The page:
Lee is set to tape his Friday show with his trusty director Patty (Julia Roberts) in his ear. Shortly after the cameras roll, Kyle (Jack O’Connell) crashes the set with a gun and explosive laden vest for Lee to don. His beef? He lost his life savings in a company that his now bomb strapped captive heartily endorsed. As millions of ciewees watch the situation live on TV, Monster becomes a rumination on the themes mentioned earlier.

That list Clooney made also correctly included 1975’s Dog Day Afternoon. Like that excellent effort, this is a real-time New York City hostage drama with humor frequently injected. Al Pacino gave one of his richest performances of his filmography in Afternoon and his riveting character made the tension substantial in it. That’s a problem here as the character of Kyle is neither fleshed out enough or believable enough to create any significant suspense. It’s not O’Connell’s fault really. He’s just written that way. And therein lies the film’s biggest drawback.

Often, Monster manages to coast on the considerable charms of its two leads and their nice rapport. We’ve seen plenty of pictures with this one’s “Wall Street is bad” theme but few with the star wattage. The quick running time (99 minutes) is a plus. This is never boring, though it’s credibility does dip in the third act.

The director, by the way, is an actress you may have heard of named Jodie Foster. She appeared in 1974’s Alice Doesn’t Live Here Anymore and 1976’s Taxi Driver. They both also made that Clooney list. Money Monster probably won’t be listed on anyone’s all-time top 100 of anything. You may not regret investing a short amount of time in it, but there’s lists of similarly themed fare that’s far superior. Even this movie’s star did one.

**1/2 (out of four)

 

Finding Dory Box Office Prediction

Thirteen years after the original made a major splash at the box office, Finding Dory hits theaters next weekend and looks to reinvigorate a somewhat slumping marketplace. The Disney/Pixar release is, of course, the sequel to 2003’s now classic Finding Nemo. Director Andrew Stanton is back, as are the voices of Ellen DeGeneres and Albert Brooks. Plenty of other familiar faces make their voices heard here – Diane Keaton, Bill Hader, Idris Elba, Eugene Levy, Kate McKinnon, Ty Burrell, Ed O’Neill, and Dominic West among them.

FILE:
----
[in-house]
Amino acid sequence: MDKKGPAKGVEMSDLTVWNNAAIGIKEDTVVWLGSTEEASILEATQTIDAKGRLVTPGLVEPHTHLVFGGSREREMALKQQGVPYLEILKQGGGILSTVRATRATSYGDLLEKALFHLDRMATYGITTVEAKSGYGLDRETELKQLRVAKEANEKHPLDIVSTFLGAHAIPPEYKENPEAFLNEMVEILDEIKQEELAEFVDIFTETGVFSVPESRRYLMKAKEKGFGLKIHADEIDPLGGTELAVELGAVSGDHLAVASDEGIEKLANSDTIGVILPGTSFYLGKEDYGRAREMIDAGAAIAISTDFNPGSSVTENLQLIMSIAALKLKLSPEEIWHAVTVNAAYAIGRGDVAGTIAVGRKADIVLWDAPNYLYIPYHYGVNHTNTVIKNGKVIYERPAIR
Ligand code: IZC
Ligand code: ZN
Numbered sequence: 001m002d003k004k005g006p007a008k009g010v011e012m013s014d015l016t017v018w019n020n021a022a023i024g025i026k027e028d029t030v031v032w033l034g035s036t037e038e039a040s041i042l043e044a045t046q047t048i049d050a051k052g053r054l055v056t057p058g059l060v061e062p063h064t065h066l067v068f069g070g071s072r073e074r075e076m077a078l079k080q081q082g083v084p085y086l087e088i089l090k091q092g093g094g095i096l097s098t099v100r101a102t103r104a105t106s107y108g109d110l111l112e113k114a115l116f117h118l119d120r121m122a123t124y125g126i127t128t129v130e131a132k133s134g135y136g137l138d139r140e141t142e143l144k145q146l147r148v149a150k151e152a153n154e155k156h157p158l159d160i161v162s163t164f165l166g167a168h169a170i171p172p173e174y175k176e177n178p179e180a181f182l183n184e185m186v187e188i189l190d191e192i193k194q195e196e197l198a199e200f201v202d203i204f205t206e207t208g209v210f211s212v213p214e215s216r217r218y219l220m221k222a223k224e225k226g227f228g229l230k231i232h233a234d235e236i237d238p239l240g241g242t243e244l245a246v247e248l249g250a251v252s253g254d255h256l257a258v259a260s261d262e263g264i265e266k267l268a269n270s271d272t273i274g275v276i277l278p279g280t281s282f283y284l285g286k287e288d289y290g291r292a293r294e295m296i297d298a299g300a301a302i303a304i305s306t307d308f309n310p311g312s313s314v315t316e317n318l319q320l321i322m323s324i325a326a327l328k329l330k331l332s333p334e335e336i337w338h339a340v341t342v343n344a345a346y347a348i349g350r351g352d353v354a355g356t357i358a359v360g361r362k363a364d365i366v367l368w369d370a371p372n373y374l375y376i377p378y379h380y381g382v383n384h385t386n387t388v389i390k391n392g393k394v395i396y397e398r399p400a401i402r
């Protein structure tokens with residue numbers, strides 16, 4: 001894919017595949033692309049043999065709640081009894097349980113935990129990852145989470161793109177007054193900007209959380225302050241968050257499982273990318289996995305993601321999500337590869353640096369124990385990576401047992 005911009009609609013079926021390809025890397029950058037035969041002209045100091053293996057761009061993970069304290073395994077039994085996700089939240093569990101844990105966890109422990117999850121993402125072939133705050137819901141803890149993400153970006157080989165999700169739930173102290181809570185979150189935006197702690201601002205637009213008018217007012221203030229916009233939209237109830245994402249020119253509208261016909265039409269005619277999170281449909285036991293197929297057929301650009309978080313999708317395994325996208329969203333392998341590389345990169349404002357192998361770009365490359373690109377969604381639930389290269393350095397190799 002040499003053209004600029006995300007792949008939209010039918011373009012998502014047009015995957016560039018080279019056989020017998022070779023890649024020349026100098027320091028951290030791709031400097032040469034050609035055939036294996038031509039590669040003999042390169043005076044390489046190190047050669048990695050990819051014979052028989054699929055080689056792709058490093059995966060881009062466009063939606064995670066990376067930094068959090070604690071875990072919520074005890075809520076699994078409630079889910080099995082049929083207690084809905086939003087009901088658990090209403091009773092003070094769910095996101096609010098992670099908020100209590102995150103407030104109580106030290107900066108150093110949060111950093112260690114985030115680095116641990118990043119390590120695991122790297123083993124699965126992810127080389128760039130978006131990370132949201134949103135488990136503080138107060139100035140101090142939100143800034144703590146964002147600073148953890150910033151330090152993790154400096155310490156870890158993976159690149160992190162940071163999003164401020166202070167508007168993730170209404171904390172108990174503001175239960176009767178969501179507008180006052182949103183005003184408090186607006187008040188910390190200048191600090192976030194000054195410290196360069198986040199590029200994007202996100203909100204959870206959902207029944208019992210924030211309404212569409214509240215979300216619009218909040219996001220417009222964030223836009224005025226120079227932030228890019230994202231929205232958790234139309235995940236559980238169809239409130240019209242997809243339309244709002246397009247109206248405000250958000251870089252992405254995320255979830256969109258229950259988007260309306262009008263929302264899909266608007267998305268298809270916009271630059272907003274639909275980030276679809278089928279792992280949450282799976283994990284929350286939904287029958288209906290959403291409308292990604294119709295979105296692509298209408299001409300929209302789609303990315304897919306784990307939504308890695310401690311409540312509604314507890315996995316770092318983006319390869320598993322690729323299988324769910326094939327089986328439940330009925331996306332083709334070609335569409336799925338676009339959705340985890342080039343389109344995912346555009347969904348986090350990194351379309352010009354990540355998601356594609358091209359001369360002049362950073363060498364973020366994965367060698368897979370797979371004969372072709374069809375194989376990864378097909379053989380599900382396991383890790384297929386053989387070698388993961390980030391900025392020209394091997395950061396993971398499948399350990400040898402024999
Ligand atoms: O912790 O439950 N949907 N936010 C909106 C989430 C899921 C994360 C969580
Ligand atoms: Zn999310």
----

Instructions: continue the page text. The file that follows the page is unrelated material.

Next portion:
The summer of 2016 has seen a host of sequels not matching up to their originals. Some of them have been family programming, like Alice Through the Looking Glass and Teenage Mutant Ninja Turtles: Out of the Shadows.

It is highly likely that Dory will not suffer the same fate. In fact, the real question seems to be whether or not this will score Pixar’s largest opening weekend in its now 21 year history. That honor currently belongs to another sequel, 2010’s Toy Story 3, which debuted with $110.3 million. Dory is currently said to be tracking a bit above that. I believe it will surpass that number, but probably not by much (though with the sequelitis occurring recently, I do feel a touch of nervousness with this prediction). Still, if anything can break through – it’s this.

In order for it to score the second biggest animated premiere in history, it’d need to top the $115.7 million earned by last summer’s Minions. To get to #1, Dory would have to swim past the $121.6 million gross of Shrek the Third from 2007. It’s possible that it could achieve either one of those records.

I’ll predict Dory falls below Shrek and just above Minions to earn the #2 animated debut stateside and also set the Pixar record. That would go a long ways toward washing the bad taste out of the Mouse Factory’s mouths for Looking Glass and last fall’s The Good Dinosaur, which was the first Pixar title to lose money.

Finding Dory opening weekend prediction: $117.3 million

For my Central Intelligence prediction, click here:

https://toddmthatcher.com/2016/06/08/central-intelligence-box-office-prediction/

Money Monster Box Office Prediction

George Clooney and Julia Roberts headline Money Monster, out next weekend, as this Jodie Foster directed thriller attempts to lure in adults for some early summer counter programming. I’m not confident it’ll work out too well.

The TriStar release, budgeted at a reasonable $30 million, stars Clooney as a financial TV guru held hostage live on air with Roberts as his exec producer. Jack O’Connell and Dominic West costar.

This pic is a rather odd choice for the second weekend in May and might’ve been better suited for a spring or early fall release. If it doesn’t perform well, it won’t be for lack of marketing as the TV spots have been featured heavily on the money monsters we call cable news networks. It could struggle to reach the opening weekends of the two leads lesser performers such as Clooney’s The American ($13.1 million) or Julia’s Duplicity ($13.9 million). And even though Foster has received two Oscars for her acting, her directorial efforts Little Man Tate, Home for the Holidays, and The Beaver have yet to yield a dam hit (get it?).

I’ll predict Money Monster doesn’t reach the teens out of the gate.

Money Monster opening weekend prediction: $12.7 million

For my The Darkness prediction, click here:

https://toddmthatcher.com/2016/05/04/the-darkness-box-office-prediction/